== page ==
11 dependent variable is explained) to 1 (i.e., 100% of the variance of the dependent variable is explained). Finally, the Wald statistic was used to determine if a variable had a statistically significant effect on the dependent variable. Two models were tested with logistic regression. Model I included the background variable of gender, race, age, marital status and income. Of these variables only gender, marital status and income were found to be significantly associated with the dependent variable. Model I accounted for nearly 10% of the variance in a clients likelihood of arrest in the 12-months following treatment. Model II added the prior arrest variable to the analysis. In the second model age, marital status and the prior arrest variable were the only variables which attained statistical significance with the dependent variable. Model II increased the variance explained to 14.5%. While arrest in the 12-months prior to treatment was significantly associated with arrest in the 12-months following treatment there were some statistically significant reduction in arrests for certain offenses. Table 4 shows the mean comparisons by offense types between the 12-month pre and post-treatment periods. The table shows that the mean for violent felony arrests did not change between the pre and post-treatment periods. The means for all other offenses were lower in the 12-month post-treatment period than in the 12 month pre-treatment period. T-test comparisons were run to determine if any of the mean reductions attained statistical significance. The reductions in drug felonies (t=1.99, sig. =.047) and alcohol /drug misdemeanors (t=2.823, sig. =.005) were the only decreases that attained statistical significance. 11

12 Table 4 12-Month Pre and Post-Treatment Mean Comparisons by Arrest Type Arrest Type 12-months Pre-Treatment 12-months Post-Treatment Mean Std. D Mean Std. D. Violent Felony Non-Violent Felony Drug Felony Violent Misdemeanor Domestic Violence Non-Violent Misdemeanor Alcohol or Drug Mis Discussion This study found that 64% of the people entering community substance abuse treatment had a history of one or more criminal arrests. In the 12-months directly prior to treatment 27% of the clients had been arrested. In the 12- months following treatment 25% of the clients were arrested. While the percent of clients who were arrested in the pre and posttreatment period did not differ substantially their arrest patterns did differ. There were no increases in the average number of arrests between the pre and post-treatment period. There were reductions in the average number of arrests in all categories accept for violent felonies. These reductions attained statistical significance in drug and alcohol arrests at both the felony and misdemeanor level. Based upon the logistic regression results those at highest risk of arrest in the 12-months following treatment are individuals with lower incomes who are married and have a prior history of arrest in the 12-month before treatment. Women showed a lower risk of arrest after treatment than men until the prior arrest variable was added to the logistic regression model. 12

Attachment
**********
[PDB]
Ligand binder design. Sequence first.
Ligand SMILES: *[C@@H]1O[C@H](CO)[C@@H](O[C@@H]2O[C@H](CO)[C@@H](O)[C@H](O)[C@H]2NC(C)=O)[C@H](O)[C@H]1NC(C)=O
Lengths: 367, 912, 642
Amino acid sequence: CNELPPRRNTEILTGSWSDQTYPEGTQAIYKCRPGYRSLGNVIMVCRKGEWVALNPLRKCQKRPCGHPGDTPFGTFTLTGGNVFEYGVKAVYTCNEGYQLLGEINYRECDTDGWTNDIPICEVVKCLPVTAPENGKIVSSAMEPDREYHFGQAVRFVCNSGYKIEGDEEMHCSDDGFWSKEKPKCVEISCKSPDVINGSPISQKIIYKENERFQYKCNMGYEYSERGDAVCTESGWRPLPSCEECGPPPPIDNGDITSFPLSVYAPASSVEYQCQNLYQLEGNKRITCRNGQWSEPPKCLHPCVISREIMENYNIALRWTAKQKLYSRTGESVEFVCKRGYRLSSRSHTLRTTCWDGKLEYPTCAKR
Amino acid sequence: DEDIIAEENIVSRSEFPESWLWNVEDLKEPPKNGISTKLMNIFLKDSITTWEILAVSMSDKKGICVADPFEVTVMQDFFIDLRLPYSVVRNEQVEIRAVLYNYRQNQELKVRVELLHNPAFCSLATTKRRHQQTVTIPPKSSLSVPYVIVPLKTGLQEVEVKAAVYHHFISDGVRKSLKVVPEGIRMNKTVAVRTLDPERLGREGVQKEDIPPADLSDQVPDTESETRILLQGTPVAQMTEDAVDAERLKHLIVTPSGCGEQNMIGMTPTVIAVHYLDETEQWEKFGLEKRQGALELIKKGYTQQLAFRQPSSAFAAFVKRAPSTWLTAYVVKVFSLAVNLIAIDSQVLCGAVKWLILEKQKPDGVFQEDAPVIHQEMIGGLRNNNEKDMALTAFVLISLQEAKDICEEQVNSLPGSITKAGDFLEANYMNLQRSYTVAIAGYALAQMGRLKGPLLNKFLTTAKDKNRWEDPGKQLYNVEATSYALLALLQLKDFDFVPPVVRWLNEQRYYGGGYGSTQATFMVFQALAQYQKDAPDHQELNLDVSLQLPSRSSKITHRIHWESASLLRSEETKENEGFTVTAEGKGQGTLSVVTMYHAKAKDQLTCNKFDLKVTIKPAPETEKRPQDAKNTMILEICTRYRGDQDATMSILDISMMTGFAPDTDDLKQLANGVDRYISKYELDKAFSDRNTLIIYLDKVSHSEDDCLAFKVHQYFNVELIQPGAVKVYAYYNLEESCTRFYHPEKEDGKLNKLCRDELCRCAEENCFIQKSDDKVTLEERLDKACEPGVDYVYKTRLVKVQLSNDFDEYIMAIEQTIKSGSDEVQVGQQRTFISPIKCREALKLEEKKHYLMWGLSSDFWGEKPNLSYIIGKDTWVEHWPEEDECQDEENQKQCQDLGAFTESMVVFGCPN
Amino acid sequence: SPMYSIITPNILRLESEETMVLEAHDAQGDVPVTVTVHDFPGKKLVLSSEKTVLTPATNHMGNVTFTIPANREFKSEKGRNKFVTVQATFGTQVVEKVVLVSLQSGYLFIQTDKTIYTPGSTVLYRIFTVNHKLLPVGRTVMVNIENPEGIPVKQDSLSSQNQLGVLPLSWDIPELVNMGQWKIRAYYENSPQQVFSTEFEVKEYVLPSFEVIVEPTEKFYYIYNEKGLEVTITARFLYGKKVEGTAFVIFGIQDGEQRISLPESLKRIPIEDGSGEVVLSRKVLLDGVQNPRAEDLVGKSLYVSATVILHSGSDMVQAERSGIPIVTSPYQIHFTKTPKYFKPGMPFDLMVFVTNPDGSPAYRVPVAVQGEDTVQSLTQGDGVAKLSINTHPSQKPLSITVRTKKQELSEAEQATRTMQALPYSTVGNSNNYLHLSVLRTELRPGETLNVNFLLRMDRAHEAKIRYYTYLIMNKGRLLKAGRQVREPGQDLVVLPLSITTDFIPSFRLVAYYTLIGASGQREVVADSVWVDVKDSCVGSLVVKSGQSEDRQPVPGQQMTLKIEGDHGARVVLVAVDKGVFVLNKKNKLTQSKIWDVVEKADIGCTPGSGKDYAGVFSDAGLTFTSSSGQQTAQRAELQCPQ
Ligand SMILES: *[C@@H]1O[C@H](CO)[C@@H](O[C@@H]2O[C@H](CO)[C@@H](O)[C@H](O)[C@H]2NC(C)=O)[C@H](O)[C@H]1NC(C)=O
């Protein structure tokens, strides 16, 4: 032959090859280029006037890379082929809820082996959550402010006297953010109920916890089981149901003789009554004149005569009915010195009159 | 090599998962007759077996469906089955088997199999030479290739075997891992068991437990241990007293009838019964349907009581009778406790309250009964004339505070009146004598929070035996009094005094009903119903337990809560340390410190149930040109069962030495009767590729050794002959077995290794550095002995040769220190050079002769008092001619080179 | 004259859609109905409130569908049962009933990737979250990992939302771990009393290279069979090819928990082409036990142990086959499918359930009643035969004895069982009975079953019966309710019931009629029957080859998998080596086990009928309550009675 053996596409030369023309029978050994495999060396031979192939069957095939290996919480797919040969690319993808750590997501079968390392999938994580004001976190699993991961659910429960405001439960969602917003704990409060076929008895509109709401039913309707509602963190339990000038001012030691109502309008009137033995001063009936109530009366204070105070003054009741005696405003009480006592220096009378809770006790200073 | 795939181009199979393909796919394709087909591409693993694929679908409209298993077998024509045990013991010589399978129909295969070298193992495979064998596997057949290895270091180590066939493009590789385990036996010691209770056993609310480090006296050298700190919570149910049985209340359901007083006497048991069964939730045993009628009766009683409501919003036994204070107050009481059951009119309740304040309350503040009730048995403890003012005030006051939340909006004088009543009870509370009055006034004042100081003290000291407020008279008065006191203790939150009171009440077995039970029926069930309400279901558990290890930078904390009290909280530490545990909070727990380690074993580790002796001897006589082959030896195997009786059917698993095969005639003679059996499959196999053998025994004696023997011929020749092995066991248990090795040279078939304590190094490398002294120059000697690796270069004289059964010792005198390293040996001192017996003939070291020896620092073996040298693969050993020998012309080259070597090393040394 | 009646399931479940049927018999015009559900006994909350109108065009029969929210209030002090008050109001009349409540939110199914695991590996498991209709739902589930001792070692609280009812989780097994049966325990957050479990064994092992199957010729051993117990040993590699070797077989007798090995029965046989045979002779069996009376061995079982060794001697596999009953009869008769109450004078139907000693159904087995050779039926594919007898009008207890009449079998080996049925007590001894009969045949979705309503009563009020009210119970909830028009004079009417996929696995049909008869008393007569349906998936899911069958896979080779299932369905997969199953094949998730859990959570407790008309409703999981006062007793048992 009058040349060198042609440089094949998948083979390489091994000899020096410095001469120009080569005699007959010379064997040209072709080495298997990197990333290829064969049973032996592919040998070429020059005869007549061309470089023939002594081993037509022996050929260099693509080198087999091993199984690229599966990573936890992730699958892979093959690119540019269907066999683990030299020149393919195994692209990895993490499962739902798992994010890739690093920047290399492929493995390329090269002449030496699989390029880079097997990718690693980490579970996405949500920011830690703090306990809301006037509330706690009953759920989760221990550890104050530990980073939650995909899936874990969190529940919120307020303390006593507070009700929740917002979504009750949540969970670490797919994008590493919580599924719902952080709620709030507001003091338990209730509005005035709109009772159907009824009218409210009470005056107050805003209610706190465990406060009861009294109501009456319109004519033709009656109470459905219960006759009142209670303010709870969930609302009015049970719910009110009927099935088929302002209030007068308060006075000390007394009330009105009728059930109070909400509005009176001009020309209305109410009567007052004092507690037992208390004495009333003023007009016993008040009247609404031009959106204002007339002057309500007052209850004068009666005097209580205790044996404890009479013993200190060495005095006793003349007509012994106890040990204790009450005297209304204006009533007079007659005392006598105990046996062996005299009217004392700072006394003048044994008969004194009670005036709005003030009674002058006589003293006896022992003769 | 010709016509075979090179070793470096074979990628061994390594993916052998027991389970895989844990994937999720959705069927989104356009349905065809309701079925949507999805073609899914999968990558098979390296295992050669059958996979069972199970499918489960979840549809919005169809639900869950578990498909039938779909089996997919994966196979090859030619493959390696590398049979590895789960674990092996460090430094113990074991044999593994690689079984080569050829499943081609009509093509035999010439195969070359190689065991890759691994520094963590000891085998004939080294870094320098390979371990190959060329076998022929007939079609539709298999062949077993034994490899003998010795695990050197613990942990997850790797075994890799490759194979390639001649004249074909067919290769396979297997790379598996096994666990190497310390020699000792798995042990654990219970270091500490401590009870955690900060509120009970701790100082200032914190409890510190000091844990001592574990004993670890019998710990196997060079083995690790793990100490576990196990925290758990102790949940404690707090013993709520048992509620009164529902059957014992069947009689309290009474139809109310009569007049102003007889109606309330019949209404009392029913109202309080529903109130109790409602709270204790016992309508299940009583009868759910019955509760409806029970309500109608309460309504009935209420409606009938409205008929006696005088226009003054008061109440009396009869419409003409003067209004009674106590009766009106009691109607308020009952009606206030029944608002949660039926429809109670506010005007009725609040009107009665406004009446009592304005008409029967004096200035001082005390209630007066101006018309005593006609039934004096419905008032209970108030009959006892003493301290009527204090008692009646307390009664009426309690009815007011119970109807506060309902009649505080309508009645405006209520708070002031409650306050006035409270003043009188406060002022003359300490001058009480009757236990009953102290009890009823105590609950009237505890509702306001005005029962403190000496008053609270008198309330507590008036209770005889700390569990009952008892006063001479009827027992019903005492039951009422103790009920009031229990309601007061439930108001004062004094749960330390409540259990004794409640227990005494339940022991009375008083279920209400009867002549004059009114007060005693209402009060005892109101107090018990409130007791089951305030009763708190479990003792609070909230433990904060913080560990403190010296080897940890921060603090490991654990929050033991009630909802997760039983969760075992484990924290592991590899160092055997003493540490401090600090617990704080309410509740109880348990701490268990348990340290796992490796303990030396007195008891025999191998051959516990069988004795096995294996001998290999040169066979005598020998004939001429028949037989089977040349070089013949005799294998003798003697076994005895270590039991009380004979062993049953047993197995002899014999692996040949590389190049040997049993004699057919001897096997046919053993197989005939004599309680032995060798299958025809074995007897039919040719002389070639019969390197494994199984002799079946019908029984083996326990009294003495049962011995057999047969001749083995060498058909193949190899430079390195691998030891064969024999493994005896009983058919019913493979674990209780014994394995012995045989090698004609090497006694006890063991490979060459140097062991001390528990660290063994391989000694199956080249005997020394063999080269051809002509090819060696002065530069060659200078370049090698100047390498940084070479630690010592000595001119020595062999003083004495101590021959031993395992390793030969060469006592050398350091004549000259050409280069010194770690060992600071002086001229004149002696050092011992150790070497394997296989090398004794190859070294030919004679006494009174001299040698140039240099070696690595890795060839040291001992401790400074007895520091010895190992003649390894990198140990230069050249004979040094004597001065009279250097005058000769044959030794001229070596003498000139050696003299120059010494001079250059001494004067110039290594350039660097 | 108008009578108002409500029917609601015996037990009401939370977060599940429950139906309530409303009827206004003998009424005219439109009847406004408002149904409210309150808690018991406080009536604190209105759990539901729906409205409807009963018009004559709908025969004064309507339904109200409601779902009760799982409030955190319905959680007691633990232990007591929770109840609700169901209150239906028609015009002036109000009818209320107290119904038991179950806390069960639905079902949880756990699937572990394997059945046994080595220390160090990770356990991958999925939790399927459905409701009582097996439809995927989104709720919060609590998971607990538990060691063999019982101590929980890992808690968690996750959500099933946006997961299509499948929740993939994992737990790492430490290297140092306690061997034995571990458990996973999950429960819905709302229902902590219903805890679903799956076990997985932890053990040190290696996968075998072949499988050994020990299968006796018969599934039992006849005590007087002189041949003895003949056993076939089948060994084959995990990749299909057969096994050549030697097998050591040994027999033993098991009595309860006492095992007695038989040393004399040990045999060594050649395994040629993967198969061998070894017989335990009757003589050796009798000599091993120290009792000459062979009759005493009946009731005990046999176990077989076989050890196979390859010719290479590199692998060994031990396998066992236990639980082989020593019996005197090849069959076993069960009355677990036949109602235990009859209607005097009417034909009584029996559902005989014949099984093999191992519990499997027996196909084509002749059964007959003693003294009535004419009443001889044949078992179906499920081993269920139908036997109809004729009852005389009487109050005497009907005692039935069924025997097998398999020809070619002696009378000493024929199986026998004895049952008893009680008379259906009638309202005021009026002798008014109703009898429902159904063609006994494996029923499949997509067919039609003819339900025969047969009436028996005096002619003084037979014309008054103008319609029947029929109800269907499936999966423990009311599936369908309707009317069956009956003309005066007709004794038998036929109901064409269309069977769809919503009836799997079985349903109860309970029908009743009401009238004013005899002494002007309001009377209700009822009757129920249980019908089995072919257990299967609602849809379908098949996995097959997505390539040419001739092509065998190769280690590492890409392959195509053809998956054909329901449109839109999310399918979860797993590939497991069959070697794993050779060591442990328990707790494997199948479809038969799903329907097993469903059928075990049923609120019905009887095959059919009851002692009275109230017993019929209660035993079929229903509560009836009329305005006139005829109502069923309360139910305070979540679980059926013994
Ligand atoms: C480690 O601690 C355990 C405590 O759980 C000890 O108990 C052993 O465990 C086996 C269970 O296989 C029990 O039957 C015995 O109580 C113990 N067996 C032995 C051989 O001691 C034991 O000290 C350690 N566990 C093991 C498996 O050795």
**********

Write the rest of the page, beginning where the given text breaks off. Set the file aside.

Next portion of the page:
13 In terms of comparison, the demographic characteristics of clients accessing publicly funded substance abuse services in Lucas County Ohio are relatively consistent with year 2000 national data on client demographics (SAMHSA, 2002). Whites made up approximately 60% of the admission to substance abuse treatment both nationally and in LC-ADAS in Economically disadvantaged persons are over-represented in admission to substance abuse treatment services nationally (SAMHSA, 2002). In the LC- ADAS sample, 54% of the clients reported an income of less than $100 in the month directly prior to beginning services. In 2000, 88% of the persons entering substance abuse treatment throughout the country were between 18 and 54 years of age versus 93% of the clients in the LC-ADAS sample. Nationally, men made up 70% of the admission to substance abuse treatment in 2000 versus 60% of the LC-ADAS sample. It appears that the LC-ADAS sample is not much different demographically from clients served nationally. Since national data on clients admitted to substance abuse treatment does not report comprehensive information on clients criminal arrests, the results of this study should help to estimate the arrest patterns of substance abuse clients entering and exiting community treatment; however, additional research on a national sample is still necessary. Clearly there is a need for additional investigation of substance abuse service variables and other factors that may affect clients likelihood of arrest in the 12-months following treatment. Only 14.5% of the variance in post-treatment arrests were explained by the variable examine in this study. 13